LA CROSSE — On the day his first set of twins arrived, Mark Davis was ready.
Jonathan was born the morning of Feb. 27, 2002, and Jordan arrived about eight minutes later. After they’d been swaddled in blankets — Jonathan in blue, Jordan in white — their father took them into his long arms and posed for a photo. The first thing that jumps out from that picture is the props Mark had brought along to the hospital that day: Two orange, Nerf basketballs that rest between his sons.
Mark isn’t the first father to have hoop dreams for his kids, and he won’t be the last. What makes him different from most is personal experience. A standout at Old Dominion in the 1980s, Mark played 13 seasons professionally, including 31 games with the Milwaukee Bucks in 1988-89, his lone season in the NBA.
Another snapshot in time: Mark, Jonathan and Jordan are at the University of Wisconsin men’s basketball team camp in the summer of 2011. This picture has Mark, wearing a No. 40 Badgers jersey, standing in the back with one hand on each of his boys’ shoulders. There’s Jordan on the left, No. 21; and Johnny on the right, No. 33. Seated in the front of them is Bo Ryan.
There will be yet another photo opportunity Wednesday afternoon during a ceremony at La Crosse Central, where the brothers Davis will sign letters of intent to play at UW starting next season. Knowing that day was quickly approaching, Mark sat at his dining room table on a rainy Saturday afternoon last month and tried to put into words how a long-ago devised plan came to be.
“I didn’t know it was going to be like this,” Mark said. “Of course, you always want the best for your kids. I went to college, got a scholarship. I just wanted the same thing for them.”
Jonathan — he prefers to go by Johnny these days — and Jordan are part of a large 2020 recruiting class that also includes Lorne Bowman, a point guard from the Detroit area; and Minnesota big men Ben Carlson and Steven Crowl. Carter Gilmore, a forward from Hartland Arrowhead who turned down Division I offers to play for the Badgers, is also part of the class but can’t officially be introduced by UW until the spring because he’s a preferred walk-on.
Mark’s wife, Sarah, arrived at the doctor’s office in the fall of 2001 knowing she was 18 weeks pregnant. What she didn’t realize until getting the results of the ultrasound that day was that she was carrying twins.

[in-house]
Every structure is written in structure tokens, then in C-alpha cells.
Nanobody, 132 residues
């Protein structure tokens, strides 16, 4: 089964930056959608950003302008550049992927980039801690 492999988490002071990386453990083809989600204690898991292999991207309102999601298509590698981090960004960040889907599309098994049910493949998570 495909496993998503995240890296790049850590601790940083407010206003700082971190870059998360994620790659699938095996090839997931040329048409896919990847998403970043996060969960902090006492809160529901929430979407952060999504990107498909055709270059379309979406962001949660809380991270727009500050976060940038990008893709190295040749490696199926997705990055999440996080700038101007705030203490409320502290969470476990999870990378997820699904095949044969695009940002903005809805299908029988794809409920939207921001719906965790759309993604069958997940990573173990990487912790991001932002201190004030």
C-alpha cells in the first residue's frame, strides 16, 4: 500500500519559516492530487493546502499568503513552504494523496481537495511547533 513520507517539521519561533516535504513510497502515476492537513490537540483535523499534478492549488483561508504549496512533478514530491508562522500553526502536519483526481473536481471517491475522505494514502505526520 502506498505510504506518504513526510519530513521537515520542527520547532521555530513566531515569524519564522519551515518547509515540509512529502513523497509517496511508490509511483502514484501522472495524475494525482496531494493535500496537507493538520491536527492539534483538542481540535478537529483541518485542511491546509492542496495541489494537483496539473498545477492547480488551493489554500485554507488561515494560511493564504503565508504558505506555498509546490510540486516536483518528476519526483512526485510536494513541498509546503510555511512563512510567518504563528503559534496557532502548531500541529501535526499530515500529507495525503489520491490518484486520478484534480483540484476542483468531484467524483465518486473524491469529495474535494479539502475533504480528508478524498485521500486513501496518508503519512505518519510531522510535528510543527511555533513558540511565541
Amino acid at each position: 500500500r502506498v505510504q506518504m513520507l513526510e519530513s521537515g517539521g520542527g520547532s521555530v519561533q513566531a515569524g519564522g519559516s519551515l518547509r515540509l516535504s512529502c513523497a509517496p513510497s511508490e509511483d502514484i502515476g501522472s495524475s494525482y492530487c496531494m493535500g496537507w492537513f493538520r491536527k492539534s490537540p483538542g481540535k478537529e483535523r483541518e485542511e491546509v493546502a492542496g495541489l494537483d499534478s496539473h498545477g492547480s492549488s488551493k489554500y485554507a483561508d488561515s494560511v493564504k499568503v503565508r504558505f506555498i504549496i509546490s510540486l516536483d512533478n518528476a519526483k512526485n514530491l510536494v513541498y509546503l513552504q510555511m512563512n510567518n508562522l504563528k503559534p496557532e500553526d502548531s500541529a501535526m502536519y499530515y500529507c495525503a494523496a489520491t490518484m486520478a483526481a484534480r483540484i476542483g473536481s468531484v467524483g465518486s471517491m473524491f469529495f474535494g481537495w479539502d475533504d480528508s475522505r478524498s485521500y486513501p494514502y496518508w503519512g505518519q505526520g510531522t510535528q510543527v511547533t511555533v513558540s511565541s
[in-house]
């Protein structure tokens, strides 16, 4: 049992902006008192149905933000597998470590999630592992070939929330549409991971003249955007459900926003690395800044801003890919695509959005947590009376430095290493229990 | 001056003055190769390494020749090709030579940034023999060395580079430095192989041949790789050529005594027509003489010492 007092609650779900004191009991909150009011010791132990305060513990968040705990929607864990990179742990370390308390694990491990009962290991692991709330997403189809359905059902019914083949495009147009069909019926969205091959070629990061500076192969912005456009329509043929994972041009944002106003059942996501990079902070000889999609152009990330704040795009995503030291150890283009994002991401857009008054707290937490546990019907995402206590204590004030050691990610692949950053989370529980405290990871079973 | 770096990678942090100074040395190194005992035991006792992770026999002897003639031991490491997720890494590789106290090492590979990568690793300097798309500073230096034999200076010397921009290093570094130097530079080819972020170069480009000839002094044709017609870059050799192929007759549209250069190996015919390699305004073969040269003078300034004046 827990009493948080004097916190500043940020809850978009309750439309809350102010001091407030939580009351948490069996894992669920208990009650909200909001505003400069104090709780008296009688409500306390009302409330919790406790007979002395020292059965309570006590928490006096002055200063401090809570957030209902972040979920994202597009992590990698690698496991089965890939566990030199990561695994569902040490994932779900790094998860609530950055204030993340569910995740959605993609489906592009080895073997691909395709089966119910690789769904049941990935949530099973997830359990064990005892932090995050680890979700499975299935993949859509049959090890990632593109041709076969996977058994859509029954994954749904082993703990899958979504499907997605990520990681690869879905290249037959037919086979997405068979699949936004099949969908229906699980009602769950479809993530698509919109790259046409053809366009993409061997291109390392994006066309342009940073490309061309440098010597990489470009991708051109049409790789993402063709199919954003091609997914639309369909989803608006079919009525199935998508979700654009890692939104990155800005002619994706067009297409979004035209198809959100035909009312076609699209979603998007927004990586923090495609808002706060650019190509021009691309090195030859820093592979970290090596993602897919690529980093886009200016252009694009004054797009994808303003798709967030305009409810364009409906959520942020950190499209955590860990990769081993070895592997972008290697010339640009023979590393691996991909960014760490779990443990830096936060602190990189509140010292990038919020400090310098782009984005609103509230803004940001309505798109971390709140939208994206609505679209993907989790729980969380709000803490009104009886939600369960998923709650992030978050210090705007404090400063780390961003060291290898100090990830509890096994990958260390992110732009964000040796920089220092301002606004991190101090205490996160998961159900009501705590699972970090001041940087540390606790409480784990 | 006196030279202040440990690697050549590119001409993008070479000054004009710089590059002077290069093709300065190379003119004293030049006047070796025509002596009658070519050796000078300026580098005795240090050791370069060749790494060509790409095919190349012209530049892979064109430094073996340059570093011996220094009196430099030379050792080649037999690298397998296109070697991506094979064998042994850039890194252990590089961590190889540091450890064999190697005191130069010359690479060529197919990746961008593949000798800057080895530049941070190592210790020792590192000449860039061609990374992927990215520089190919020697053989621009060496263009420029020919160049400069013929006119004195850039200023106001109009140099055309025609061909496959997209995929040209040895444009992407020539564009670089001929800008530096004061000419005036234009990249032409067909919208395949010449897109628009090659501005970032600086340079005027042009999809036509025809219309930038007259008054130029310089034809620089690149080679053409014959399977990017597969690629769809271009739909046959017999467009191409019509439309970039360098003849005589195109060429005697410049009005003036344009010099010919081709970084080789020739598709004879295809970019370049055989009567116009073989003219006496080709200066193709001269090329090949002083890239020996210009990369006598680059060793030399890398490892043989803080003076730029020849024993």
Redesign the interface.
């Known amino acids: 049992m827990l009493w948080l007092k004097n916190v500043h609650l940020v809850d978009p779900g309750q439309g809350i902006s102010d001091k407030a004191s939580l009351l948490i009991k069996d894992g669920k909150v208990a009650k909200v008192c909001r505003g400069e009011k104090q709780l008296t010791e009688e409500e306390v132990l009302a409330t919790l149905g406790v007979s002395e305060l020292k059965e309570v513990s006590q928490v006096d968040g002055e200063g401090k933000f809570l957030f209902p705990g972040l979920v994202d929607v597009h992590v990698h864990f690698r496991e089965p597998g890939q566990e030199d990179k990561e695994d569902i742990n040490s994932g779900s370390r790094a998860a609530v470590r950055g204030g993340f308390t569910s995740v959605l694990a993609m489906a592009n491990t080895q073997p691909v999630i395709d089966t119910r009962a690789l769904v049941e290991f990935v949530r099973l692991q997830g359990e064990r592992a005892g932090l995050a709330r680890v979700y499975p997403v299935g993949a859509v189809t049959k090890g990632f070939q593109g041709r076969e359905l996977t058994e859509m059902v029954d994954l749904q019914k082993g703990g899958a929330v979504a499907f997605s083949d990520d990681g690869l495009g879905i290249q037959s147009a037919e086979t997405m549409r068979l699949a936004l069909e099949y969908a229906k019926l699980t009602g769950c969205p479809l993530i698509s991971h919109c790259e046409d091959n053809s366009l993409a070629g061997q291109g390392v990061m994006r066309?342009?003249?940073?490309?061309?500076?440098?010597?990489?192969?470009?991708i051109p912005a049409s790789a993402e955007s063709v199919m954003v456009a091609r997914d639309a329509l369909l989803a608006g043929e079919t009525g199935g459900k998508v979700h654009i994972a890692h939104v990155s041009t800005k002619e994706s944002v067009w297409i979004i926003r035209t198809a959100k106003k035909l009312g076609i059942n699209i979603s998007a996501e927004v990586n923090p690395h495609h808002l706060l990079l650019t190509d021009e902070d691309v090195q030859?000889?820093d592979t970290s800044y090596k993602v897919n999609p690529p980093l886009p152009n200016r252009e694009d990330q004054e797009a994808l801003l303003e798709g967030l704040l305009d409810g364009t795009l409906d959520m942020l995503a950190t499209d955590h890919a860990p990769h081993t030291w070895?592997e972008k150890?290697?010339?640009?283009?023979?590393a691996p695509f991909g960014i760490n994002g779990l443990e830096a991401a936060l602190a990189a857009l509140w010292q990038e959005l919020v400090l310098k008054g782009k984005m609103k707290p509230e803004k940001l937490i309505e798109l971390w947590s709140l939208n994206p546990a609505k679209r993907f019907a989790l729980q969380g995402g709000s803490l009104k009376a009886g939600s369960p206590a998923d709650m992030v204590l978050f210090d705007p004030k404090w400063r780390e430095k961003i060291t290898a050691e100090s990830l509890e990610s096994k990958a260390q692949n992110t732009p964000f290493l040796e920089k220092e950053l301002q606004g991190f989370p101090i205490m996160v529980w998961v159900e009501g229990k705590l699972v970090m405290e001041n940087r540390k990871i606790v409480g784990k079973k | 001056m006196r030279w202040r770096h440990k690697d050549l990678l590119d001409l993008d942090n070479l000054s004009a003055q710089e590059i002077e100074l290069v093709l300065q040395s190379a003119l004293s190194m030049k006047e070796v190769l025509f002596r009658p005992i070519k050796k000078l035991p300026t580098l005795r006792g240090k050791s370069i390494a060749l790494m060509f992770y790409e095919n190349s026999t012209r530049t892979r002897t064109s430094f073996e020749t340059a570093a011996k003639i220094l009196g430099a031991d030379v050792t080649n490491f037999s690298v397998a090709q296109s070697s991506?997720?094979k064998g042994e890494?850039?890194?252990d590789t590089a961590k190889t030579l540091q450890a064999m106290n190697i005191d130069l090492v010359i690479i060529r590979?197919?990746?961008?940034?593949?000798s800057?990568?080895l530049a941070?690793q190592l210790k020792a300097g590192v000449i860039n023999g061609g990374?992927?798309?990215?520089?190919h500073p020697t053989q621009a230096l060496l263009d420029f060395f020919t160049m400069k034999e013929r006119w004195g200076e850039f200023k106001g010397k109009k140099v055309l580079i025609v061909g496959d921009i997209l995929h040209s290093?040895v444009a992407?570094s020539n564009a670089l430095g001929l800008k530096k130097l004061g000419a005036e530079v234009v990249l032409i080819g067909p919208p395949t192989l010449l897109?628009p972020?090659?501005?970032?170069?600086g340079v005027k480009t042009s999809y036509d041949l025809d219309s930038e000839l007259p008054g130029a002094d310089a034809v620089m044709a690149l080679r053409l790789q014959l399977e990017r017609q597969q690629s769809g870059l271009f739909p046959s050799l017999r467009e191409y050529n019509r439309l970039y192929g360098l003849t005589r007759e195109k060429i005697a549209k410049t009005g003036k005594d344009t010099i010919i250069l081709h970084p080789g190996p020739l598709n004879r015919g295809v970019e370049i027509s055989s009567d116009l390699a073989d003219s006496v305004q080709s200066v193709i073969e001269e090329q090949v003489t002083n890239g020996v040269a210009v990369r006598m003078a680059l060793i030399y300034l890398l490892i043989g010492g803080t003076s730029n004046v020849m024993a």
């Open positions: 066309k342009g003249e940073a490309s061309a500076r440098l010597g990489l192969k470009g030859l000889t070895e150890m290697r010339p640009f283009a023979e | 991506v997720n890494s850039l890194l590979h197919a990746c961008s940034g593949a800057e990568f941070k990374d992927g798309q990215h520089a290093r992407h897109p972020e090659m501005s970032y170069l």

Five months later, she gave birth to Johnny and Jordan and they’ve been inseparable ever since. They are vastly different in many ways, yet it’s no surprise they chose to play together after high school because they’ve almost always been teammates and have formed an unbreakable bond.
“You could tell early on, they were just so competitive with each other,” said Red Raiders coach Todd Fergot, who has known Johnny and Jordan since they started playing in the La Crosse Central Basketball Association as 4-year-olds. “I really think that they would be good without each other. But they’re better because of each other.”
From the kitchen window of their ranch home on the south side of the city, Mark and Sarah have a view of the driveway that once included a basketball hoop. Now, a court has been set up in the back of the house, but the twins’ formative years were filled with one-on-one games in the front along Starlite Drive.
One particular scene played out over and over: The loser of the game would get angry, storm inside and slam his bedroom door.
“It’d get brutal,” Jordan said. “Fights would happen.”
Eventually, however, the rage would go away and the boys would be right back at it in the driveway the next day. Or maybe even that same day.
The more the twins matured, the better they got along. By the time they started high school, Jordan says, they were best friends.